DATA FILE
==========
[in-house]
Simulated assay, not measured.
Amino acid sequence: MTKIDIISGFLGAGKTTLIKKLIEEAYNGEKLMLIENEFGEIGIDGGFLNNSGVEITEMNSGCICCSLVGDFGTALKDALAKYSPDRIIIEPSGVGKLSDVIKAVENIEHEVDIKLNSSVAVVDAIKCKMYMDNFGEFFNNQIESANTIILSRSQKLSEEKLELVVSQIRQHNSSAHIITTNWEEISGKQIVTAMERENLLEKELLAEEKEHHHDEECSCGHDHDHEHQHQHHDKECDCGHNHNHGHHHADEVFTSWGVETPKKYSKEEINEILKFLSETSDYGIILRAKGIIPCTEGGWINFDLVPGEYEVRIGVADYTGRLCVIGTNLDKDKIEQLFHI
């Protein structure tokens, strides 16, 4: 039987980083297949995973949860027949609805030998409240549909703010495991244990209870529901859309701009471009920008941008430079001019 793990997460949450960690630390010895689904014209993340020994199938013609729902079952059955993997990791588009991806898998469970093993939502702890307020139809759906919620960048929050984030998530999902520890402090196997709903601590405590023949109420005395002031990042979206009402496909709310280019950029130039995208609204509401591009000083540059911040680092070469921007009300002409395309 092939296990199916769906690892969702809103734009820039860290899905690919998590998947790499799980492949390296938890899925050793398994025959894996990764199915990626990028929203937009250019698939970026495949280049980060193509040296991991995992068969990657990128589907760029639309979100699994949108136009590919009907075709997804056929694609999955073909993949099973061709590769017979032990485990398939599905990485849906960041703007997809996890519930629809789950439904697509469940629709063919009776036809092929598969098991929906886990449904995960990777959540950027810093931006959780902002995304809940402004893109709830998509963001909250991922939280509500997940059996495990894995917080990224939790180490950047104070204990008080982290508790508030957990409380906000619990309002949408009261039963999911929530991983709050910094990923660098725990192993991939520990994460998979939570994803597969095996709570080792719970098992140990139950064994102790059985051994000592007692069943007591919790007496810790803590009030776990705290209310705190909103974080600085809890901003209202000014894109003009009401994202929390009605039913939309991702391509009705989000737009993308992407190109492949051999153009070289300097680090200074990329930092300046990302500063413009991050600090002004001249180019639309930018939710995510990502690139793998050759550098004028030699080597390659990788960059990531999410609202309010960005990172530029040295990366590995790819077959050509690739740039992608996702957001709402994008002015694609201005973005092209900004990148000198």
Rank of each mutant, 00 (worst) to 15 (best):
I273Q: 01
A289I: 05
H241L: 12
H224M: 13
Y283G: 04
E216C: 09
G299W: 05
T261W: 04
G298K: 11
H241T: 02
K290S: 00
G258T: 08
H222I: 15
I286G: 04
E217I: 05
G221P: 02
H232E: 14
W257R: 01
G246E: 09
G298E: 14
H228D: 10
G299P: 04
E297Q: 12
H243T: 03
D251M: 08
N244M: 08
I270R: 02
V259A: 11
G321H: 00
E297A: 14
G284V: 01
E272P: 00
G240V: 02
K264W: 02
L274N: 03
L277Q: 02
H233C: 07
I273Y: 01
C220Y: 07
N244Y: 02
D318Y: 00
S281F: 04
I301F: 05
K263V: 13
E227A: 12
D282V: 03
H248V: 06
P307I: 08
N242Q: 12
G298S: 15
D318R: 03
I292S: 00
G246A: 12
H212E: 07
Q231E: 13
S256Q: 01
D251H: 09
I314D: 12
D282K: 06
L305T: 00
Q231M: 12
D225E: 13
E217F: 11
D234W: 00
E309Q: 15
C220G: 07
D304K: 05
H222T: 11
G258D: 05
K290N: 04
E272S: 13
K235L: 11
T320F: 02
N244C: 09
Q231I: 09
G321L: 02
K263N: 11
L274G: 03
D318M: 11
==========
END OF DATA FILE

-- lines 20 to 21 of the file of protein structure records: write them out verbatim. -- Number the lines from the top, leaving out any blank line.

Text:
E217I: 05
G221P: 02